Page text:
As for getting in touch with us to inquire about representation, it's much easier to reach us by email. So if we sound like an agency you'd be interested in querying send it via email to [email protected] or [email protected].

I hope this has clarified things a little. I never have the time to really delve into what's being said on the web about me, but after one of my clients brought it to my attention, I knew I needed to make the time.

Best wishes to all of you

Chamein Canton
 

victoriastrauss

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Thanks for posting here, Chamein.

chamein said:
I've been at this for six years and we've helped many first time writers get publishing contracts with McGraw Hill, Genesis Press, Archebooks, A Better Be Write, Ballantine and Llwellyn.
Some more information would be very welcome, since it's impossible to evaluate nonspecific claims of publishing sales. Could you please provide authors and titles for those published books?

I'm also interested in knowing why you are willing to work with publishers that don't pay advances and issue nonstandard contracts, such as Archebooks.

Thanks.

- Victoria
 

chamein

Titles Published

101 Youth Soccer Drills- Robert Koger McGraw Hill
Love After Sex -Olivia Llwellyn
Numbers and You- Lloyd Strayhorn
Cassies Creepy Candy Store- Sheila Smestad A Better Be Write
Rain, Rain What A Pain- Sheila Smestad A Better Be Write (late spring release)
The Plight of the Queen Bee Simone Fairchild A Better Be Write
The Queen Bee and the Midnight Caper- Simone Fairchild A Better Be Write (late spring release)
Rehoboth Road Anita Ballard Jones Genesis Press (July 2006)
Someone Who knows- J L Ross Archebooks
Down That Aisle In Style, A Wedding Guide for full figured women (WindRiver Publishing)

Over the years the size and frequency of advances has diminished, which is why my senior partner made the decision to go with Archebooks for JL Ross. We've begun receiving royalties for her and expect them to increase as time goes on.

I realize there are many fly by night and untrustworthy individuals in this business. However I can assure you we aren't one of them. We don't charge reading fees. The agency is a labor of love for us and we do our best for every client. We won't be satisfied until every client is published.
 

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chamein said:
101 Youth Soccer Drills- Robert Koger McGraw Hill
Love After Sex -Olivia Llwellyn
Numbers and You- Lloyd Strayhorn
Cassies Creepy Candy Store- Sheila Smestad A Better Be Write
Rain, Rain What A Pain- Sheila Smestad A Better Be Write (late spring release)
The Plight of the Queen Bee Simone Fairchild A Better Be Write
The Queen Bee and the Midnight Caper- Simone Fairchild A Better Be Write (late spring release)
Rehoboth Road Anita Ballard Jones Genesis Press (July 2006)
Someone Who knows- J L Ross Archebooks
Down That Aisle In Style, A Wedding Guide for full figured women (WindRiver Publishing)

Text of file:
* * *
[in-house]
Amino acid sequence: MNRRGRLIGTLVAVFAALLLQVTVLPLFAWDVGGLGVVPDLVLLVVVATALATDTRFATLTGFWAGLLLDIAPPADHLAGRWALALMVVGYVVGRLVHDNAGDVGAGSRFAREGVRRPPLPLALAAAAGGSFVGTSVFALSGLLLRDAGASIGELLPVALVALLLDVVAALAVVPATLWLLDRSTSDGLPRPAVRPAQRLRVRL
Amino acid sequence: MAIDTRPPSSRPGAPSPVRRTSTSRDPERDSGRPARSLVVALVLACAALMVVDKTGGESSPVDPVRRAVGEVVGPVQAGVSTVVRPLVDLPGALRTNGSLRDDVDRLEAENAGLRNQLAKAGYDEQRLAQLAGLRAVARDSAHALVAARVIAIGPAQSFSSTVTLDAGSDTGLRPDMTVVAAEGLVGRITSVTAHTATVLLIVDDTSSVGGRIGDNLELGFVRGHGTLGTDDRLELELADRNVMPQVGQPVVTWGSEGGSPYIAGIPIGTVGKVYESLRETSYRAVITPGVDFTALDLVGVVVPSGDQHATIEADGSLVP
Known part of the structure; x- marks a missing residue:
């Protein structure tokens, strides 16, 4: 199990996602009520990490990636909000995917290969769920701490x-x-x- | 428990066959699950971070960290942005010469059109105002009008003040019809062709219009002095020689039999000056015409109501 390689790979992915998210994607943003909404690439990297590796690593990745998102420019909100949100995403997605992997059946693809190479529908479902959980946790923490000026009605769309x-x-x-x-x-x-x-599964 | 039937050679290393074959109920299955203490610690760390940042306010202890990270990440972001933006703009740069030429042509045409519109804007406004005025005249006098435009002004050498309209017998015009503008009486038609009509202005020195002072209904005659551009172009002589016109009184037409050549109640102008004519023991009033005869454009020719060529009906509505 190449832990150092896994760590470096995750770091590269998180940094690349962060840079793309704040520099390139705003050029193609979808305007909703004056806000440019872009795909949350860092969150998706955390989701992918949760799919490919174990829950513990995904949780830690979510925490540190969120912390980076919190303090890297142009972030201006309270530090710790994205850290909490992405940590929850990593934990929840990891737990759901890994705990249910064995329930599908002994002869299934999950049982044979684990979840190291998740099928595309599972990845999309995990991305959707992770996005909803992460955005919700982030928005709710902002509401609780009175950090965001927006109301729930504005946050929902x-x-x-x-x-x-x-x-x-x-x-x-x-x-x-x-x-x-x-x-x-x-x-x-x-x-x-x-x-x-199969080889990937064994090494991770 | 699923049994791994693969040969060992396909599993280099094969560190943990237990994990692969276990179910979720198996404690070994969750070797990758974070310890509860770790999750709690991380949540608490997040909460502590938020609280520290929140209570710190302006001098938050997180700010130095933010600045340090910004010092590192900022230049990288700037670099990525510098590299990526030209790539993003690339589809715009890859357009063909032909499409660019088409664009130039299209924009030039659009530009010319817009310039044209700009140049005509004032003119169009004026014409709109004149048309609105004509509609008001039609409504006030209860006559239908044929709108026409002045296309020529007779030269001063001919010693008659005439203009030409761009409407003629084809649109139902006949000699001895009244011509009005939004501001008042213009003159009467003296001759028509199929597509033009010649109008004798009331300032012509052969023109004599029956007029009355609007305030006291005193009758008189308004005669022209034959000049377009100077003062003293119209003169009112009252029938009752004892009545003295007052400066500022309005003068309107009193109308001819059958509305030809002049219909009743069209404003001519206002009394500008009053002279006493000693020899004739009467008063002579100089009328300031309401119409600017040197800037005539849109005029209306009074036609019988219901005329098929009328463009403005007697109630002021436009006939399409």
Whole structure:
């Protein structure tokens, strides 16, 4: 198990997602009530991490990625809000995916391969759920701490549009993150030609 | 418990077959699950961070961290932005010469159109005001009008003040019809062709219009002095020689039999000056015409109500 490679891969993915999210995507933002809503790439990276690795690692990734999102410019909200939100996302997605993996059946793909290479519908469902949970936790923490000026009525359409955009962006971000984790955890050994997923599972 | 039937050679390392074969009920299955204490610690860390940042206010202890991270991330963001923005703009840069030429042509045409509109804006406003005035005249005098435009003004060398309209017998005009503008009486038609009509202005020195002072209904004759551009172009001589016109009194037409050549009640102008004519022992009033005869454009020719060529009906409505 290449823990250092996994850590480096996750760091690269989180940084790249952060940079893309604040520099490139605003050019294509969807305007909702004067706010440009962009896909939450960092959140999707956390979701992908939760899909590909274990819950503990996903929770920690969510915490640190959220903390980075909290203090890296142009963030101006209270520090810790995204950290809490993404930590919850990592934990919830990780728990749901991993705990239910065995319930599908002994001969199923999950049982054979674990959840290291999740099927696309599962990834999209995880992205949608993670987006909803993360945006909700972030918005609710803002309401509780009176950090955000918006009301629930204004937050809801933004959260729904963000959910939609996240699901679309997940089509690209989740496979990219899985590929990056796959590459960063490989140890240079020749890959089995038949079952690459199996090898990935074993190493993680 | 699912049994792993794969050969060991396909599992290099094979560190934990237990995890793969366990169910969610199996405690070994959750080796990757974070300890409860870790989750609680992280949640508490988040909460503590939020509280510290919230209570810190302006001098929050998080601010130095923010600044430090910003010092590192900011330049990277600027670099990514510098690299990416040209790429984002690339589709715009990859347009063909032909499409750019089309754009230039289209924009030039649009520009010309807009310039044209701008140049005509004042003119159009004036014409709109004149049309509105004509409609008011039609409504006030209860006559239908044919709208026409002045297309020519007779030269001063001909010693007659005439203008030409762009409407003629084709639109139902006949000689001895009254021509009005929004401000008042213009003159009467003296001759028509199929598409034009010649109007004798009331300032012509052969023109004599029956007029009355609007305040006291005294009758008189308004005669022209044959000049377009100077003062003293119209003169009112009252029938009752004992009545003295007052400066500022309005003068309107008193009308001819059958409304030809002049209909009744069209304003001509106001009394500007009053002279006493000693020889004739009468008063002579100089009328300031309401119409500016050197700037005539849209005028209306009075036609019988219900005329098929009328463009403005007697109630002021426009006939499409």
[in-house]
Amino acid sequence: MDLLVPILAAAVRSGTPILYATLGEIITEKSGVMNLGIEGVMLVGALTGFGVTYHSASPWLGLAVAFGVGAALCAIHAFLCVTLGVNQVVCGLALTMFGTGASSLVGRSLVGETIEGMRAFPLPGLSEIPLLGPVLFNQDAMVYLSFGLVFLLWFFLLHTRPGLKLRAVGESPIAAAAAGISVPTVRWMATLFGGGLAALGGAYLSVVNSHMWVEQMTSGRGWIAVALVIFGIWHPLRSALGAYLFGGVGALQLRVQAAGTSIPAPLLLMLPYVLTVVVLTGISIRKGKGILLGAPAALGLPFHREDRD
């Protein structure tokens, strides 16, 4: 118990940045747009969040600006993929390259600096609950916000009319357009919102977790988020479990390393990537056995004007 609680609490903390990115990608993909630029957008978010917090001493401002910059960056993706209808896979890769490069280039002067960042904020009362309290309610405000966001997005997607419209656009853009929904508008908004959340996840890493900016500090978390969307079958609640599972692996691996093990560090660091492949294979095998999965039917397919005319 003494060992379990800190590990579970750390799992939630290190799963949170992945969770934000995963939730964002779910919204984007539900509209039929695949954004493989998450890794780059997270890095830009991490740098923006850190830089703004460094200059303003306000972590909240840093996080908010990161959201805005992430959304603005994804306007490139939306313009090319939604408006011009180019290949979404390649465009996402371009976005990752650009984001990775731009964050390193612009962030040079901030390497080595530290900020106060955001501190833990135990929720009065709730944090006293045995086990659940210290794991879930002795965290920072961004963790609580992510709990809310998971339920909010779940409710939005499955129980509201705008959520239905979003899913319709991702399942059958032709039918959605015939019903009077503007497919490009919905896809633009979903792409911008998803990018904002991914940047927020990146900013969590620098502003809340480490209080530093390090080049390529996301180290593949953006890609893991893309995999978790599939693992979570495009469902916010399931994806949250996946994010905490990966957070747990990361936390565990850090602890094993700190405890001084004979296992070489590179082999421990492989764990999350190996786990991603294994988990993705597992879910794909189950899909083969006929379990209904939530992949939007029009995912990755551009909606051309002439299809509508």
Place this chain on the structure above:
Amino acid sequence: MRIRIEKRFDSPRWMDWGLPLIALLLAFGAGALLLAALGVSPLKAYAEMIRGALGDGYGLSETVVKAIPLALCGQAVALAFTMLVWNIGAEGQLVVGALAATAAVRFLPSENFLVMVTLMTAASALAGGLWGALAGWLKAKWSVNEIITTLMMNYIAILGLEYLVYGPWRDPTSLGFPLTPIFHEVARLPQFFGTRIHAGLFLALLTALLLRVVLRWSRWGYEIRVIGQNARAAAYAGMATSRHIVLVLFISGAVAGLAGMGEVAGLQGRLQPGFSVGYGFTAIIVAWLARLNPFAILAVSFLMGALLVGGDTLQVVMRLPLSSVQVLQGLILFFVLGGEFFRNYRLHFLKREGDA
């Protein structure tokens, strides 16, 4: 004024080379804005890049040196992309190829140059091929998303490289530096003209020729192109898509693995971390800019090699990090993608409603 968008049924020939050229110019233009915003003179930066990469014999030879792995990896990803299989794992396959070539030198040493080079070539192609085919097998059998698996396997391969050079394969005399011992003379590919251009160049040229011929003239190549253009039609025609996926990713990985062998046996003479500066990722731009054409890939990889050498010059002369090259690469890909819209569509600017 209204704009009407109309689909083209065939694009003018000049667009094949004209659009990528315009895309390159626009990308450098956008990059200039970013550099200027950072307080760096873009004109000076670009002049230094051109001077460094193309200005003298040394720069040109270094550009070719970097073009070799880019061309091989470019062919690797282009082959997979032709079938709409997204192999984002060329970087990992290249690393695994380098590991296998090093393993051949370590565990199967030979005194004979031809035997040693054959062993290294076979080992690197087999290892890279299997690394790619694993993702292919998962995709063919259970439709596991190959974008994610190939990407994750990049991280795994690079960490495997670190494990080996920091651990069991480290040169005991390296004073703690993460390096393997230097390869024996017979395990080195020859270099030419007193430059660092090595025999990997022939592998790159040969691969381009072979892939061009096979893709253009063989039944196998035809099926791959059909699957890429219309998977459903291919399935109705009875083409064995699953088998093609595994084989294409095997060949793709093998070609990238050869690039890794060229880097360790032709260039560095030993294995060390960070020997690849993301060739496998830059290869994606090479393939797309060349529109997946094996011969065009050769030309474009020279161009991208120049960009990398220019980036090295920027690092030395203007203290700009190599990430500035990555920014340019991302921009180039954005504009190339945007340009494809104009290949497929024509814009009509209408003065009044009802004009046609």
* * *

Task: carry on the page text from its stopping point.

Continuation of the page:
Over the years the size and frequency of advances has diminished, which is why my senior partner made the decision to go with Archebooks for JL Ross. We've begun receiving royalties for her and expect them to increase as time goes on.

I realize there are many fly by night and untrustworthy individuals in this business. However I can assure you we aren't one of them. We don't charge reading fees. The agency is a labor of love for us and we do our best for every client. We won't be satisfied until every client is published.

Interesting. Did a little research and came up with this:

Numbers and You, Lloyd Strayhorn - Ballantine Books. But it shows on Amazon and on the Random House site only a 1987 edition.

A Better Be Write (http://www.abetterbewrite.com) had in their FAQ that they accept unagented submissions.

Genesis Press (http://www.genesispress.com) also accepts unagented submissions:

The following are our submission guidelines for writers interested in being published by Genesis Press, Inc. Please follow these guidelines if you wish to have your work considered for publication. We do accept unagented material and multiple submissions; however, you should indicate that the proposal is a multiple submission.

Love After Sex, Olivia Llewellyn - Olivia Llewellyn Publications. Looks like she has her own imprint going; has a few other authors being published. Books are distributed by Airlift Books (in the U.K.), which describes itself on its website as a specialist distributor. (Not sure that really means anything, but I thought I'd throw it in just for the heck of it.)

Those are the ones I had time to research.

Not to be flippant, but why would an agent send mss. to pubs that don't require agented submissions?

~Nancy
 

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chamein said:
Over the years the size and frequency of advances has diminished,
I don't think you know what you're talking about.
which is why my senior partner made the decision
I got the impression it was J. L. Ross's decision.
to go with Archebooks for JL Ross.
Your "senior partner" sold J. L. Ross's book to a publishing house which doesn't have a distribution deal, and which pays advances in shares of company stock?
We've begun receiving royalties for her and expect them to increase as time goes on.
That's quite an achievement, given how few copies are usually sold of books written by grass-green newbies which are published by houses that don't have proper sales & marketing or distribution setups. It's even more remarkable when you consider that the advance must have been paid off before additional royalties could be earned. So tell me: how many copies to date have been sold?
We won't be satisfied until every client is published.
The most powerful and accomplished agents I know don't count on being able to sell everything.
 

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chamein said:
We don't charge reading fees.
What fees do you charge? And do you receive referral fees from publishers or editors?
 

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You definitely don't need an agent to be published by Ragged Mountain Press (the division of McGraw-Hill under which 101 Baseball Drills was published).